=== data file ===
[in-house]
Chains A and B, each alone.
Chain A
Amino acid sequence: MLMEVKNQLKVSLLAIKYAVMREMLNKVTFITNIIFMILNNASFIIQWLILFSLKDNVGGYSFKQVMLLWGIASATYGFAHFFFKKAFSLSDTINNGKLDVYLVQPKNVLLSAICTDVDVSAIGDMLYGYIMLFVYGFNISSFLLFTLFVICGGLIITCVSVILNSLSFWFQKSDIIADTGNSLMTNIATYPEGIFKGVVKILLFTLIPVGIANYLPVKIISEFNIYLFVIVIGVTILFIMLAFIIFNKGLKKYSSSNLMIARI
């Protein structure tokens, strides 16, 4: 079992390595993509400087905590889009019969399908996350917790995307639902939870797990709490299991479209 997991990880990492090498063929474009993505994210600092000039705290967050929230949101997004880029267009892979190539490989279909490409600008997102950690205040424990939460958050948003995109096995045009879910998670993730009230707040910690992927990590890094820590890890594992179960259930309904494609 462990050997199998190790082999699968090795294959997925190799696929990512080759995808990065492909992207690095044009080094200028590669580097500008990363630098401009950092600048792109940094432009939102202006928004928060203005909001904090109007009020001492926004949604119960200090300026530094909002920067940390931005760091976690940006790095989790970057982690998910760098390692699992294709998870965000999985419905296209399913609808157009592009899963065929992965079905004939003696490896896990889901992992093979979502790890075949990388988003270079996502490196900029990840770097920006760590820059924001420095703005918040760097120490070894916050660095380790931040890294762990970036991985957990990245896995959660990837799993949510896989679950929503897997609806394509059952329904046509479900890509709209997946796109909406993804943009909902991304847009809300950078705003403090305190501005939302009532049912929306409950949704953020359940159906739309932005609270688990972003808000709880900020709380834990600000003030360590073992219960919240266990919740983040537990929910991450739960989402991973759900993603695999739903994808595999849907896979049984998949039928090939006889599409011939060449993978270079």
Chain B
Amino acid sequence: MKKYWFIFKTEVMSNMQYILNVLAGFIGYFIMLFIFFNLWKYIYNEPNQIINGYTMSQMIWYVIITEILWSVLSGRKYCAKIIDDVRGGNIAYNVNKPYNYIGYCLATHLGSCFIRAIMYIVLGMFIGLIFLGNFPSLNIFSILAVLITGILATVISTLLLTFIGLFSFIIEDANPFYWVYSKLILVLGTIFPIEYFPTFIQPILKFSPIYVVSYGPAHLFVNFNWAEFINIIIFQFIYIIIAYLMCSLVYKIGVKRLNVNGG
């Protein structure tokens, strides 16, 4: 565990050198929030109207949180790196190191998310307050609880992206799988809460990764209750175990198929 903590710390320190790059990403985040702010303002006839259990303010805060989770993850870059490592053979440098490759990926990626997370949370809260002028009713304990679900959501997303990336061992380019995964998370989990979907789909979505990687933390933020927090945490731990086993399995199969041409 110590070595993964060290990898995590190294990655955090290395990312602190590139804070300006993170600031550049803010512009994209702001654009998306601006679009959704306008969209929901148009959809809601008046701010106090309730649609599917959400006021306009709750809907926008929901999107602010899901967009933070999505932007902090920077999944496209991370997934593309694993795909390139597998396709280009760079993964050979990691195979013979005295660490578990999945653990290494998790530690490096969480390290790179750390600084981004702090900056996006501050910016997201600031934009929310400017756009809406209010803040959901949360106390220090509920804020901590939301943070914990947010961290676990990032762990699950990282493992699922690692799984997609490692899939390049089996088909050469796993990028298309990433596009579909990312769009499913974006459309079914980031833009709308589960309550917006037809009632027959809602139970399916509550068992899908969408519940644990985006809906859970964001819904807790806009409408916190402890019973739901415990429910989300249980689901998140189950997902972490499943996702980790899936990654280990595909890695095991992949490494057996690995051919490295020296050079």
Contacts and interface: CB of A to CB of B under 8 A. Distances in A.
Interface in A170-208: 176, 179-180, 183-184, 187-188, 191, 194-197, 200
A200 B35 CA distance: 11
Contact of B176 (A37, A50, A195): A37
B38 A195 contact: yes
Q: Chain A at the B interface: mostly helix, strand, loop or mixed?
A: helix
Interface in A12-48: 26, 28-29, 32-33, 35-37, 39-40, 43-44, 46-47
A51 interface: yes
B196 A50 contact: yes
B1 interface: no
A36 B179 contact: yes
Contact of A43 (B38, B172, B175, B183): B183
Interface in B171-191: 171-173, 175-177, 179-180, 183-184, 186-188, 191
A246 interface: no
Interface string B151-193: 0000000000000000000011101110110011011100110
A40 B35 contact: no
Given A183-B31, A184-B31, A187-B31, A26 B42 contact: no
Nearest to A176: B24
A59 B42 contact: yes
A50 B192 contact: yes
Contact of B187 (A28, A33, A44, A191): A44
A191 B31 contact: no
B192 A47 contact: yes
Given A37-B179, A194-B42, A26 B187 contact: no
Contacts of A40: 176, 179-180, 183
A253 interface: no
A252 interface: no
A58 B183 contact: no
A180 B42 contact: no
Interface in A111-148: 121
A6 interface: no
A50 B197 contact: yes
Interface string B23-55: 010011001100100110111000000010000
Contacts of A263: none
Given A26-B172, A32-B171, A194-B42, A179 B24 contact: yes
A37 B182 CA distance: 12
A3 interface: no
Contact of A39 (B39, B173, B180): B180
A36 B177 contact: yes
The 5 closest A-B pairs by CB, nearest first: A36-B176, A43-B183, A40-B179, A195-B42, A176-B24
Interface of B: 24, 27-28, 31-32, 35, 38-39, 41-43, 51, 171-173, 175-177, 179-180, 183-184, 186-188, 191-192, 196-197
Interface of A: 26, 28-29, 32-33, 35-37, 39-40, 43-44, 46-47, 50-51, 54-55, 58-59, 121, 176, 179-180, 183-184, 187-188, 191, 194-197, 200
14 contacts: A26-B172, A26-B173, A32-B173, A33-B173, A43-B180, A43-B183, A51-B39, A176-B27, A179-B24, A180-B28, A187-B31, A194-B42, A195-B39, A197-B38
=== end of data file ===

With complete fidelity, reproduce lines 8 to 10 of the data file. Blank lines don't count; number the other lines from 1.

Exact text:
């Protein structure tokens, strides 16, 4: 565990050198929030109207949180790196190191998310307050609880992206799988809460990764209750175990198929 903590710390320190790059990403985040702010303002006839259990303010805060989770993850870059490592053979440098490759990926990626997370949370809260002028009713304990679900959501997303990336061992380019995964998370989990979907789909979505990687933390933020927090945490731990086993399995199969041409 110590070595993964060290990898995590190294990655955090290395990312602190590139804070300006993170600031550049803010512009994209702001654009998306601006679009959704306008969209929901148009959809809601008046701010106090309730649609599917959400006021306009709750809907926008929901999107602010899901967009933070999505932007902090920077999944496209991370997934593309694993795909390139597998396709280009760079993964050979990691195979013979005295660490578990999945653990290494998790530690490096969480390290790179750390600084981004702090900056996006501050910016997201600031934009929310400017756009809406209010803040959901949360106390220090509920804020901590939301943070914990947010961290676990990032762990699950990282493992699922690692799984997609490692899939390049089996088909050469796993990028298309990433596009579909990312769009499913974006459309079914980031833009709308589960309550917006037809009632027959809602139970399916509550068992899908969408519940644990985006809906859970964001819904807790806009409408916190402890019973739901415990429910989300249980689901998140189950997902972490499943996702980790899936990654280990595909890695095991992949490494057996690995051919490295020296050079």
Contacts and interface: CB of A to CB of B under 8 A. Distances in A.
Interface in A170-208: 176, 179-180, 183-184, 187-188, 191, 194-197, 200